Obama already raised CAFE standards two years ago, but the new rules would go much further, bringing the average required mpg standard to as high as 62 mpg by 2025. Though over the weekend, word leaked that 56 mpg would be more likely. By comparison, Toyota's hybrid, the Prius, gets just 50 mpg.

If Obama opts for the higher goal, it could increase car prices by nearly $10,000, and cost 1.7 million jobs, according to a study by the Center for Automotive Research, as cited by Popular Mechanics.
More "hope and change."

I mean, does Obama expect us to take buses everywhere?

Suddenly, Michele Bachmann's "extreme" position of getting rid of the EPA makes sense.

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AP does a fact-check of Obama news conference

AP, yes, AP, performed a fact-check of yesterday's presidential news conference. Its findings won't be retweeted by the Obama campaign juggernaut.

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Rahm: 625 layoffs unless union accepts $20 milliion in work-rule concessions

Where are the Madision, Wisconsin-style protests? Without giving specifics, Chicago Mayor Rahm Emanuel, a Democrat, says unless city unions agree to $20 million in work-rule concessions, he will lay off 625 workers.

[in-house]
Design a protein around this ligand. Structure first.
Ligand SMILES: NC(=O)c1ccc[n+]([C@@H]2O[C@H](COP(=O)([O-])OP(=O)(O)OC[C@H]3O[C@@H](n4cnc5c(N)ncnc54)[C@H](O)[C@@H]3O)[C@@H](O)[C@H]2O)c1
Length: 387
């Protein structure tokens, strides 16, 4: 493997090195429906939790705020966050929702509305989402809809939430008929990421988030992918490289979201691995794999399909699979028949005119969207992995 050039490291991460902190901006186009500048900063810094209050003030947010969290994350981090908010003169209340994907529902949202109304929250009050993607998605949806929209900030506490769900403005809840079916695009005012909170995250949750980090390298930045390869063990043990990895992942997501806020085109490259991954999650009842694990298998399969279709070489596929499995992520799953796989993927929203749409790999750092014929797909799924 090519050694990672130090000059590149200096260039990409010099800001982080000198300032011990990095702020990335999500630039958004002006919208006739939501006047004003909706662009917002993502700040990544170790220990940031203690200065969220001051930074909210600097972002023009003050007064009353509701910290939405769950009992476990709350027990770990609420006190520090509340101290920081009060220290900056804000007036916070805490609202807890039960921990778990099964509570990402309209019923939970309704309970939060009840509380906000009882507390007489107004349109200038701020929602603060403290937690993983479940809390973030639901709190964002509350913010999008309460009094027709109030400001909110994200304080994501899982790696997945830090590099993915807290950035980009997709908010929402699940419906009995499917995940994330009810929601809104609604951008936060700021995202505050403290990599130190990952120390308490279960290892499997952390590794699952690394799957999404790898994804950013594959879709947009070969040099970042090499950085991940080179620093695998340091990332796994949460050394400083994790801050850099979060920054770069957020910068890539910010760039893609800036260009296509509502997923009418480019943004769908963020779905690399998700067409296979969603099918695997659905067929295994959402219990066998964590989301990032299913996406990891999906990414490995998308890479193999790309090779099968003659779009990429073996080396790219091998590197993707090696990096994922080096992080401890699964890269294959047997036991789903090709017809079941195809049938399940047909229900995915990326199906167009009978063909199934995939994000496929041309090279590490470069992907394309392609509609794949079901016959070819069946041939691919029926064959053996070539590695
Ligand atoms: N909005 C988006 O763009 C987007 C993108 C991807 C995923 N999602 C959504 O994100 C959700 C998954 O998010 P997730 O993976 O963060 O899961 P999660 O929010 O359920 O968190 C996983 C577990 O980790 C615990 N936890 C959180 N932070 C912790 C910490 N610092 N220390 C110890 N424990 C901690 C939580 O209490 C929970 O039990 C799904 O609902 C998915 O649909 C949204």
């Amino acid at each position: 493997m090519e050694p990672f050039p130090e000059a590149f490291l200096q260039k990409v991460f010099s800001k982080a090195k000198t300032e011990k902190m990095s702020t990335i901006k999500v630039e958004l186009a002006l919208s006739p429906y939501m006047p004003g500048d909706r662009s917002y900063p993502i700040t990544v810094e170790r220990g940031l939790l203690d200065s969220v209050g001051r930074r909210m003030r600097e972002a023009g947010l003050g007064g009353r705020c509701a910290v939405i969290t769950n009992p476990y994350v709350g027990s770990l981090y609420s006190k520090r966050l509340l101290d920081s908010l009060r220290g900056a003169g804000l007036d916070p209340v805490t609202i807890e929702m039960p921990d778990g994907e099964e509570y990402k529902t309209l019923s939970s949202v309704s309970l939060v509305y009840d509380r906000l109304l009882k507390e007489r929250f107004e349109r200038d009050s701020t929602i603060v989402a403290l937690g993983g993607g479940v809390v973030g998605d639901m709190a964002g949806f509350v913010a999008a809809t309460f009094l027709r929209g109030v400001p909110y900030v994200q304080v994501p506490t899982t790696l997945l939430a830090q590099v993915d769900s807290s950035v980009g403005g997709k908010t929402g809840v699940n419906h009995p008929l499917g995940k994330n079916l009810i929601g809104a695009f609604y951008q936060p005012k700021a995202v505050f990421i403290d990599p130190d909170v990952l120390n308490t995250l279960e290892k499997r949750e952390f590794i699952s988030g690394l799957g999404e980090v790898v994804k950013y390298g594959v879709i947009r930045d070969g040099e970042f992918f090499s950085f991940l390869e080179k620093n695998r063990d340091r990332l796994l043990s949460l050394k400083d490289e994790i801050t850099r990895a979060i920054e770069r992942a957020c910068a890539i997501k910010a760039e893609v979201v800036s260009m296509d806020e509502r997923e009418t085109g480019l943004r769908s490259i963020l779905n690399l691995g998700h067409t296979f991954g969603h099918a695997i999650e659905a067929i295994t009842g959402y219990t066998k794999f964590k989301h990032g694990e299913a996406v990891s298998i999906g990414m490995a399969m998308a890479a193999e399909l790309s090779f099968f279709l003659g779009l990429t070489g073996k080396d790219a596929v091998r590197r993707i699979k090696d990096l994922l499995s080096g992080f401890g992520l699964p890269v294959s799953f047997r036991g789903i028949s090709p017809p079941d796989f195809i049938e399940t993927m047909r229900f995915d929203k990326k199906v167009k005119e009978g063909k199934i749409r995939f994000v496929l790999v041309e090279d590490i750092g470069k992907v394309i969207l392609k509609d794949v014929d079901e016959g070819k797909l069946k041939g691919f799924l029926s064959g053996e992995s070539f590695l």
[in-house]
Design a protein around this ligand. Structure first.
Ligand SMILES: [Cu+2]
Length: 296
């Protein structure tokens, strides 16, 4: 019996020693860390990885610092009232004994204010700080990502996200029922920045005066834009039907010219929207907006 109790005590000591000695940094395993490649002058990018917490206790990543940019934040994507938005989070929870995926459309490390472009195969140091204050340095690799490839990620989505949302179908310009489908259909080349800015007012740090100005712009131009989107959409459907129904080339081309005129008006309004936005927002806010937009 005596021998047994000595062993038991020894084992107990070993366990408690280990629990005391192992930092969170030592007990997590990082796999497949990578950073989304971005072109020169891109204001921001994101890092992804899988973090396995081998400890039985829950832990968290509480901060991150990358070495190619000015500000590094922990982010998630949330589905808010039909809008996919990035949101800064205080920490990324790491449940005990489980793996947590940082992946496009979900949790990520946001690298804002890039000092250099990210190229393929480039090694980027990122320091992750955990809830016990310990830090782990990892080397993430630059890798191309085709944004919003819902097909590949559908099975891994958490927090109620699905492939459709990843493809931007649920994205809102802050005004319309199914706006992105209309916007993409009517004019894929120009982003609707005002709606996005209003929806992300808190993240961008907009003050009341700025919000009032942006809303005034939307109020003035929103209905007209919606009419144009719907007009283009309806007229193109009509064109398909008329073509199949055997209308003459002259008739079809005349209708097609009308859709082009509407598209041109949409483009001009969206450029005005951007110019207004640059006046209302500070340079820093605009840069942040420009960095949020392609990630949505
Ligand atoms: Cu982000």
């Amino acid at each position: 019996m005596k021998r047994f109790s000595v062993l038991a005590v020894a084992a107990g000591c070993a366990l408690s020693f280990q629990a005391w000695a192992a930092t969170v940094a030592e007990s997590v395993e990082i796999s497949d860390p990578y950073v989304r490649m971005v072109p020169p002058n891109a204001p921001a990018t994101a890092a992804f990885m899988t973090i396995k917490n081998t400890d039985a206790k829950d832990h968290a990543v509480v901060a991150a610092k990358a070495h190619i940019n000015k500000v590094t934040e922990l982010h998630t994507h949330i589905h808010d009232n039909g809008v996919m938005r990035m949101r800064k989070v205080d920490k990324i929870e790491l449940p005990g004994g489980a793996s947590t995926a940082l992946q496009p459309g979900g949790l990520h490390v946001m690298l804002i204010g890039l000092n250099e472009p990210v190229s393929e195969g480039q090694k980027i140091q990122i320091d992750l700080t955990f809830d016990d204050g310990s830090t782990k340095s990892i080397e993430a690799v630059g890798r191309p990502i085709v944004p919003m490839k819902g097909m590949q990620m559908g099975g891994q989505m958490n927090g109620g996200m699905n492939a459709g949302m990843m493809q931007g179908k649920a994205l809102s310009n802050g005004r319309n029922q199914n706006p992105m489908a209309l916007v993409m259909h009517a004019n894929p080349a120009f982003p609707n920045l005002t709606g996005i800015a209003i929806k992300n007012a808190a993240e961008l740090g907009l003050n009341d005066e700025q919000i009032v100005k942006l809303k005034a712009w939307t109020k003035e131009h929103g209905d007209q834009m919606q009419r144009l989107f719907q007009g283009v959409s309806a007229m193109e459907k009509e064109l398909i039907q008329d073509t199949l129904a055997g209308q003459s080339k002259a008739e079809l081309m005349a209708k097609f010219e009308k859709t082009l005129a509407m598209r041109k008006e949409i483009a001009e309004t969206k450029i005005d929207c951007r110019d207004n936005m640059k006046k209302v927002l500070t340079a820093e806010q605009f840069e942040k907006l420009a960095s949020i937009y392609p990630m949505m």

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End of June NLRB overreach round up

Boeing HQ, Chicago
When I started doing these NLRB-Boeing entries, the chill of April (I'm in Illinois) was still in the air. And now June ends--but the overreach continues.

From The Hill:

President Obama broke his silence Wednesday on the National Labor Relations Board's (NLRB) controversial complaint against Boeing, implicitly criticizing the decision.

In measured comments, Obama said he didn't know all of the facts behind the action of the independent board and noted that it must work its way through the legal process.

But as a general proposition, Obama said, "Companies need to have the freedom to relocate — they have to follow the law, but that's part of our system.

"What I think defies common sense would be a notion that we would be shutting down a plant or laying off workers because labor and management can't come to a sensible agreement."
Of course the sensible agreement would be to let Boeing build the 787 Dreamliner where it wants to.

The Charleston Post and Courier:

The NLRB case -- which could drag on for years -- has become an unwanted distraction for Obama as he tries to mend relations with the business community and contend with polls that show growing public disapproval over his handling of the economy.

It makes an easy target for Republicans, who call it a case of government overreaching at a time when the private sector is struggling to create new jobs. And it's a major story in South Carolina -- a bellwether early primary state in the GOP presidential race. Candidates are lining up to impress voters and the state's Republican governor, tea party favorite Nikki Haley.